Stephen Vladeck, the A. Dalton Cross Professor in Law at The University of Texas School of Law, and Robert Chesney, the law school’s associate dean for academic affairs, often disagree, but they have always managed to stay friends.
“(We thought) it might be useful to actually take the conversations that we were already having and record them and put them out on the internet,” Vladeck says. “In the hopes that maybe, whether people agree with us or not, they would at least learn something from both the substance of what we’re saying and from our ability to disagree without being disagreeable.”
This led to the creation of “The National Security Law Podcast” in January 2017, when Vladeck and Chesney were teaching their course on national security law. The podcast, Vladeck says, aims for “sober, serious, high-minded discussions of current issues in national security law that go beyond the divisive political rhetoric that characterizes so much of our current public discourse.” Every week they pick a topic — recent court decisions, policy initiatives, news stories, important historical episodes — and let the conversations unfold naturally.
“It was important for us that this never feel onerous,” Vladeck says. “So, we prep a little bit. We don’t just sort of make everything up we say on the air, although it might sometimes seem like we do.”
They try to keep production time about equal to recording time, Vladeck says, to minimize the possibility of turning a one-hour conversation into a three-hour editing project. This helps them keep their work at the university and their home lives balanced.
“We usually record in one take. We don’t spend a lot of time producing the recording, other than to just do a couple of small little things to make it air-able quality,” Vladeck says.
You learn more from people you don’t agree with than those you agree with."
The podcast does not solely focus on politics. Vladeck says there is space in every episode for what he and Chesney call “frivolity,” including discussions of books they’re reading and TV shows or films they’re watching. This is intended not only to give a more pleasant ending to a sometimes-unpleasant discussion but also to engage listeners.
“We do sometimes struggle to figure out what else to put in that part of the show,” Vladeck says. “But part of why we like that is because even if some of the more academic parts of the episode are above folks’ heads, we hope the frivolity never is.”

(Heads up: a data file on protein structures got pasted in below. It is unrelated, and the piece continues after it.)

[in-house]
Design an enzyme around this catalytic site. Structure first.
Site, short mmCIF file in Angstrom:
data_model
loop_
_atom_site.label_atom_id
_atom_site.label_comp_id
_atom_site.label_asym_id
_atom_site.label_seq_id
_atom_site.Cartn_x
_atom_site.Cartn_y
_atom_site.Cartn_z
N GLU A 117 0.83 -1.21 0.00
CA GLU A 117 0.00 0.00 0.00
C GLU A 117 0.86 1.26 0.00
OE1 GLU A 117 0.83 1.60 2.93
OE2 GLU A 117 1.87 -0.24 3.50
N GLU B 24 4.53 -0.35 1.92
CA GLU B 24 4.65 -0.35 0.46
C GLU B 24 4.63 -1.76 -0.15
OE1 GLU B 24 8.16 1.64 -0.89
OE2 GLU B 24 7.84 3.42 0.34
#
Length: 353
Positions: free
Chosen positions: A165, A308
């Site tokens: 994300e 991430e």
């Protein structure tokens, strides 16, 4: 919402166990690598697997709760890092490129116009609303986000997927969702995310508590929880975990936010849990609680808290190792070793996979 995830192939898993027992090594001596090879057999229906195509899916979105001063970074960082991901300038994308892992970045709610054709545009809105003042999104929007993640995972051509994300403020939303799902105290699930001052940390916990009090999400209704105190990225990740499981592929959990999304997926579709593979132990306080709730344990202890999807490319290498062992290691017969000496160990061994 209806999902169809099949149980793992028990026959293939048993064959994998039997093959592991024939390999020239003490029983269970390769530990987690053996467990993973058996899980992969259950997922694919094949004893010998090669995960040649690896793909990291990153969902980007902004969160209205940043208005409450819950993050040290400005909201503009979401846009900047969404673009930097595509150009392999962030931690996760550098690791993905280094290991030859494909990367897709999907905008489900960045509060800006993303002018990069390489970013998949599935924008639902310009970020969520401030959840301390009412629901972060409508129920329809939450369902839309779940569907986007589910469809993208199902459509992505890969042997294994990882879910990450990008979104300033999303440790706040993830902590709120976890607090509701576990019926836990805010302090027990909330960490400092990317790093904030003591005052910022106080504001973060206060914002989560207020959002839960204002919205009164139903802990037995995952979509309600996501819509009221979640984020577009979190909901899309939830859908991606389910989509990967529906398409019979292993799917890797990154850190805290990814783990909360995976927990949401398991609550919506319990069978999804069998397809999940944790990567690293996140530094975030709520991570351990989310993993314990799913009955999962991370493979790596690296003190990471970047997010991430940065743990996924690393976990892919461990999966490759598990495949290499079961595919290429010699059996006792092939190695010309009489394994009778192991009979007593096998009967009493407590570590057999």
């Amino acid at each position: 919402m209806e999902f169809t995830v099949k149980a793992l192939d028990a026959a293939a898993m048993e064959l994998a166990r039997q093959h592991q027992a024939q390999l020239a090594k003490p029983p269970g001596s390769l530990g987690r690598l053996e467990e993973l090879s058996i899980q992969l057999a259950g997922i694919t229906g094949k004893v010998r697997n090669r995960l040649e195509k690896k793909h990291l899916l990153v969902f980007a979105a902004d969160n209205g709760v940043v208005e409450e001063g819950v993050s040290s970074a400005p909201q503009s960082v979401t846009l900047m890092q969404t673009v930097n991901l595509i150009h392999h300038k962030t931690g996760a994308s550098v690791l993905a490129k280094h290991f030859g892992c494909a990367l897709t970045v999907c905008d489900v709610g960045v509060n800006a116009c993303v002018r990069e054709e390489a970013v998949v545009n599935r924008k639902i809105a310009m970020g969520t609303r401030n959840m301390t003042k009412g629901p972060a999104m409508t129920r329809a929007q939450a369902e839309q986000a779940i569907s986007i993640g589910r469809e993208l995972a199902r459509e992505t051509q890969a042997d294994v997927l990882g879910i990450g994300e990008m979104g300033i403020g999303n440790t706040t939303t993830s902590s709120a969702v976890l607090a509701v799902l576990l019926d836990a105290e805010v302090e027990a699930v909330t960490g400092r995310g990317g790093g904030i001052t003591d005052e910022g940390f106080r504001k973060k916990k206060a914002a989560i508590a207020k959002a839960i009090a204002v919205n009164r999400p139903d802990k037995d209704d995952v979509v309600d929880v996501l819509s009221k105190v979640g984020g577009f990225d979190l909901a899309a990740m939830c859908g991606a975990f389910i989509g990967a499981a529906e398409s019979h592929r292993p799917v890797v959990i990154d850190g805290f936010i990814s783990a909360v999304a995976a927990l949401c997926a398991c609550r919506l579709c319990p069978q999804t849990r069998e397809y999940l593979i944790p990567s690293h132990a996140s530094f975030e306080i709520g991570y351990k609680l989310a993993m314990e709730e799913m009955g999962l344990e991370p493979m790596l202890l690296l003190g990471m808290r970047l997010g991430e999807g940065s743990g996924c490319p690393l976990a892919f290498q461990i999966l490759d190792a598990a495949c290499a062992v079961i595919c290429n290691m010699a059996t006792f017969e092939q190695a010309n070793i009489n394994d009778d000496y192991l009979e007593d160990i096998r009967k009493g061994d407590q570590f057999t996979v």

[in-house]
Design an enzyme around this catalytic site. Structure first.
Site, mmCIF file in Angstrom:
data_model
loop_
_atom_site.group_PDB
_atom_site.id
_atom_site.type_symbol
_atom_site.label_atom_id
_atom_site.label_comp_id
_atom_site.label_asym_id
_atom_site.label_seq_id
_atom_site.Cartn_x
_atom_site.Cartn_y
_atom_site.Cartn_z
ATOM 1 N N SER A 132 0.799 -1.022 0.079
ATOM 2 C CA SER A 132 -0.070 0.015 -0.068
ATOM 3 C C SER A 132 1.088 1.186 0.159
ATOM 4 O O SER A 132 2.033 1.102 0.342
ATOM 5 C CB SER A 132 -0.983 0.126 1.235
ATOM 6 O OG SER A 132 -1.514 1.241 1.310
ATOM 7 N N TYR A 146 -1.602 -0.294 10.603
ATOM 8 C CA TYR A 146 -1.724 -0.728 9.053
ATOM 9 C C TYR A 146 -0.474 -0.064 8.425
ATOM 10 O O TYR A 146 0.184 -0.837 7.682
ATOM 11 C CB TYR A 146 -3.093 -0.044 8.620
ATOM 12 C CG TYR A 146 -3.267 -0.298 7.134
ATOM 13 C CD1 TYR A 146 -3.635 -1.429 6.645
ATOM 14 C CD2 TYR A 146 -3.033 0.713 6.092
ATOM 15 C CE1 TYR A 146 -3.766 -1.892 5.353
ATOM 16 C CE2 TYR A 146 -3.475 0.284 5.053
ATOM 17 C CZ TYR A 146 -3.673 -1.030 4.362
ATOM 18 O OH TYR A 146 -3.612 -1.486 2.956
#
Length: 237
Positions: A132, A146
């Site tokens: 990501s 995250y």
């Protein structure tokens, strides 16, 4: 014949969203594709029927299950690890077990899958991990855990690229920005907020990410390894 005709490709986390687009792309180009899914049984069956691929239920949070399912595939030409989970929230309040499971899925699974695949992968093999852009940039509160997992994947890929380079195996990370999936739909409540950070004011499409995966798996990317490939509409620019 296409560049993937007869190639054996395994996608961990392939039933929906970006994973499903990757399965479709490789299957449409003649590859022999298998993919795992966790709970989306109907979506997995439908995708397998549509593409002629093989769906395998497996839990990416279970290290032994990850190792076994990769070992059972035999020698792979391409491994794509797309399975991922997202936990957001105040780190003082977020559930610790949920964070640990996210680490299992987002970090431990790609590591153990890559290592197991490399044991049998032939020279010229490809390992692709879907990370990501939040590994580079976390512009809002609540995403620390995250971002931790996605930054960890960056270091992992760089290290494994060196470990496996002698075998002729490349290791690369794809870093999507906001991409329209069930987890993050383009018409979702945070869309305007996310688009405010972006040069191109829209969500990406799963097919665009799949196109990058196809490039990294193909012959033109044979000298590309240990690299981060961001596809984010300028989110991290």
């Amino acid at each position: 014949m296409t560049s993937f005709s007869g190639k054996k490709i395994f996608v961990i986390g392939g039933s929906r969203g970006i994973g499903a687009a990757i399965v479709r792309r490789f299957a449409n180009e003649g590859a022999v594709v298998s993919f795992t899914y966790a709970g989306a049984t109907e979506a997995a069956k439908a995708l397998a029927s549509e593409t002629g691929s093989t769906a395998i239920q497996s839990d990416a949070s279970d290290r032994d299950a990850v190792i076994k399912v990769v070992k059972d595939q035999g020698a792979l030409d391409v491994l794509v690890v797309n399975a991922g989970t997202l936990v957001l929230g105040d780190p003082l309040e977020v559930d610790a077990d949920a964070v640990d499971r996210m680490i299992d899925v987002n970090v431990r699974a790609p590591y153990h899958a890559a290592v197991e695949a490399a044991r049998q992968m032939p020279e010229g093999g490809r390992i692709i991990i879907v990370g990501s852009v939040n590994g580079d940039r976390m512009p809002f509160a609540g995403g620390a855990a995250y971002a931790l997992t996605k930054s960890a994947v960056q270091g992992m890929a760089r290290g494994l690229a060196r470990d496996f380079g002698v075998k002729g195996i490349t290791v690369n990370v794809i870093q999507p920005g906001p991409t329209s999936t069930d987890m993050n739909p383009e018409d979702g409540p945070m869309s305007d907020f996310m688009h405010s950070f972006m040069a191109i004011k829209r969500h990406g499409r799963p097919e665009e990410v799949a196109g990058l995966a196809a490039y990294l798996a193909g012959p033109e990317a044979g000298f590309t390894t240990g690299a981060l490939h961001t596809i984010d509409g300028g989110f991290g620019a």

Vladeck says he hopes the podcast can educate listeners, whether they are legal experts or college students.
“I don’t think the topic necessarily appeals to the median American podcast listener,” Vladeck says. “My hope is that it’s sufficiently accessible, even for folks who haven’t been with us for all 125 episodes. Someone who is not an expert in the field, but who’s just curious, would not only enjoy it but might even learn from it.”
Chesney says their conversations help him keep abreast of current events and that the debates are an intellectual “sparring match” that he looks forward to every week.
“It ensures I sit down with my buddy every week, and so that alone is valuable,” Chesney says. “I learned a ton from him. You learn more from people you don’t agree with than those you agree with, so I learned a lot every week, and hopefully he feels the same. It is a good discipline to make sure that I’m keeping up with my field in a very comprehensive way every single week. And you know, frankly, that’s hard to do otherwise.”
Vladeck agrees that the podcast has helped him think deeply about what’s going on in the world.
“I think the value to me is a chance to actually have to think about these issues and not just see a tweet about them and be dismissive,” he says. “To think through some of the harder questions that policymakers and lawmakers face in this space — that’s immensely valuable to me, wholly apart from the excuse to sort of periodically cross swords with Bobby. It’s also fun to razzle him.”
This is the first in an occasional series of features about UT staffers and faculty members who are creating podcasts, either as part of their work at the university or as passion projects. Do you know a campus podcaster we should consider for a future issue of Texas Connect? Send your suggestions to email@example.com.